A leading anti-nuclear campaign has called on a public inquiry to conduct a thorough examination of how undercover police officers infiltrated its movement at a time when it powerfully challenged government policies.
The Campaign for Nuclear Disarmament (CND) issued its demand after the inquiry, led by the retired judge Sir John Mitting, confirmed that police planted an undercover officer, John Kerry, in its headquarters between 1981 and 1984.
The inquiry has also disclosed that police deployed an undercover officer to spy on a local CND group in east London in 1985 and 1986, and another to infiltrate the Greenham Common peace camp between 1983 and 1986.
At least two other anti-nuclear groups were monitored by undercover police officers in the 2000s.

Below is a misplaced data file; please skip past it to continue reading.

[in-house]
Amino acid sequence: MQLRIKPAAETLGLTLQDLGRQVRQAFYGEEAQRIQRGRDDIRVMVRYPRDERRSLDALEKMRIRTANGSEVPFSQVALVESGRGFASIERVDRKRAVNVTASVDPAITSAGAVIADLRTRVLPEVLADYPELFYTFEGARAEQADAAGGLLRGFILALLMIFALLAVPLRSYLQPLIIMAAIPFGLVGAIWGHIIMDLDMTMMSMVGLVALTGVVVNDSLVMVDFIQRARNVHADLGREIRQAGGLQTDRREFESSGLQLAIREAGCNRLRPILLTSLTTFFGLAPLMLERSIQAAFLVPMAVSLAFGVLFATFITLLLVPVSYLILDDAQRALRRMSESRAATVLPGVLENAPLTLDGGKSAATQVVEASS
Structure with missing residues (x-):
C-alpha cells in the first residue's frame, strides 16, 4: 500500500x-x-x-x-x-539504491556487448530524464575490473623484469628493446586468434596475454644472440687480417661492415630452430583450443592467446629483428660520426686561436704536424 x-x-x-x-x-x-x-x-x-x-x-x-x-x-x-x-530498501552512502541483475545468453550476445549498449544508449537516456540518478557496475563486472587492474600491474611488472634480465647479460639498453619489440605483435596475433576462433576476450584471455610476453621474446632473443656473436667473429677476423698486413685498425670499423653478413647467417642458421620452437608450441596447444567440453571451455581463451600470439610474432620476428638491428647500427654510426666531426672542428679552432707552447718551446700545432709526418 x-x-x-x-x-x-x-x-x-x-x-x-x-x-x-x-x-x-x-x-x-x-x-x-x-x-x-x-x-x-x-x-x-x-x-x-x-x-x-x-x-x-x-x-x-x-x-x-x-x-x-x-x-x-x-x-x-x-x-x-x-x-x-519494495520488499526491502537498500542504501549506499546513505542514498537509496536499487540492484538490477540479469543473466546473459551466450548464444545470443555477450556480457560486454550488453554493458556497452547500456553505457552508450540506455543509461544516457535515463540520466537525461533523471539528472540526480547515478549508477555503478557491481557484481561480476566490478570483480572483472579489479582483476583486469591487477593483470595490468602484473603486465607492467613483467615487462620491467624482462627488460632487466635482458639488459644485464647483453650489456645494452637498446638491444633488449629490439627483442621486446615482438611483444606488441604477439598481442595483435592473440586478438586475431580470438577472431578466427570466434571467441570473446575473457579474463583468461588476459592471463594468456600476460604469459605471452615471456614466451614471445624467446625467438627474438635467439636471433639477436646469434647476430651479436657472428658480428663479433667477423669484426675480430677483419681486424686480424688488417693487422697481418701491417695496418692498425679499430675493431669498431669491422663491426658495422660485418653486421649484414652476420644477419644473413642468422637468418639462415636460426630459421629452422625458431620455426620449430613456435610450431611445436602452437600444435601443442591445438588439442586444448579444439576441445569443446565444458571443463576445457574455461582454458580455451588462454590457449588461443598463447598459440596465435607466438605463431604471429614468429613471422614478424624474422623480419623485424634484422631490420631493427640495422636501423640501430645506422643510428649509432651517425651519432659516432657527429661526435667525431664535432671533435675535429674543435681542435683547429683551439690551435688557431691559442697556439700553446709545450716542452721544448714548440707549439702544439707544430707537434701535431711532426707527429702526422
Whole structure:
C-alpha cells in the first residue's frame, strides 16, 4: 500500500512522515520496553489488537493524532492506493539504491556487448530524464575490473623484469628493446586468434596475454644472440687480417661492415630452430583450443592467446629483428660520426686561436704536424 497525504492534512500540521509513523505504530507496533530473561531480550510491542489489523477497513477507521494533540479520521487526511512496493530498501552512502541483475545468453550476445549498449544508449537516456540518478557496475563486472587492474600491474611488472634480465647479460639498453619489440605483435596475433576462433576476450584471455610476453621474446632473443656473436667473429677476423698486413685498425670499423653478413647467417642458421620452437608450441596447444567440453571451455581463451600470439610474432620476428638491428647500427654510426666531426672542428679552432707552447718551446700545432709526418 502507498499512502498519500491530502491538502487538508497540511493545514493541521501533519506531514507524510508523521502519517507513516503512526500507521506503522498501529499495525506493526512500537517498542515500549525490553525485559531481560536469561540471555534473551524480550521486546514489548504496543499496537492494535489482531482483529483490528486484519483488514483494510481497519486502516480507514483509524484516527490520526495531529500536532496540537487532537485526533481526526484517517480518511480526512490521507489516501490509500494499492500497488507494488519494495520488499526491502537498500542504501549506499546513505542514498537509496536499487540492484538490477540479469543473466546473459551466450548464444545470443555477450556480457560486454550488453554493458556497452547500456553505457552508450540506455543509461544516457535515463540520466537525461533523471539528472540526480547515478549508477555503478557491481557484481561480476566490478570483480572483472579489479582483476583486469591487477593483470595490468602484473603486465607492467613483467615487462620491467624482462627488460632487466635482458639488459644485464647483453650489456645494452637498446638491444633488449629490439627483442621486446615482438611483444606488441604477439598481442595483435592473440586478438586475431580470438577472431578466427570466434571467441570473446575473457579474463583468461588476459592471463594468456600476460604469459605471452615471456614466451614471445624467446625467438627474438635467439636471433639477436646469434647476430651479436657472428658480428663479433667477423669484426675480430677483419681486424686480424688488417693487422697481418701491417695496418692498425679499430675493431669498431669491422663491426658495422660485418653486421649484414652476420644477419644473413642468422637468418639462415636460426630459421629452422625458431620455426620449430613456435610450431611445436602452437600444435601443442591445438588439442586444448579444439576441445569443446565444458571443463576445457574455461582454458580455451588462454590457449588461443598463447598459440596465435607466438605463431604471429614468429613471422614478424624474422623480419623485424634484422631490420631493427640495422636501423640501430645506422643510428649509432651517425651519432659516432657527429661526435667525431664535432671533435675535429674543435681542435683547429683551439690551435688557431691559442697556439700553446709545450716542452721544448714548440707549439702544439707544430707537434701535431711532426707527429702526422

Mitting has said that he wants to examine why police spied on CND and other peace protesters when they “posed no serious threat to public order”.
The long-running inquiry is scrutinising the conduct of undercover police officers who spied on more than 1,000 mainly progressive political groups over more than four decades in lengthy deployments that started in 1968.
CND attracted huge support during the 1980s when, in a dangerous phase of the cold war, many feared that tensions between the west and the then Soviet Union would lead to nuclear conflagration.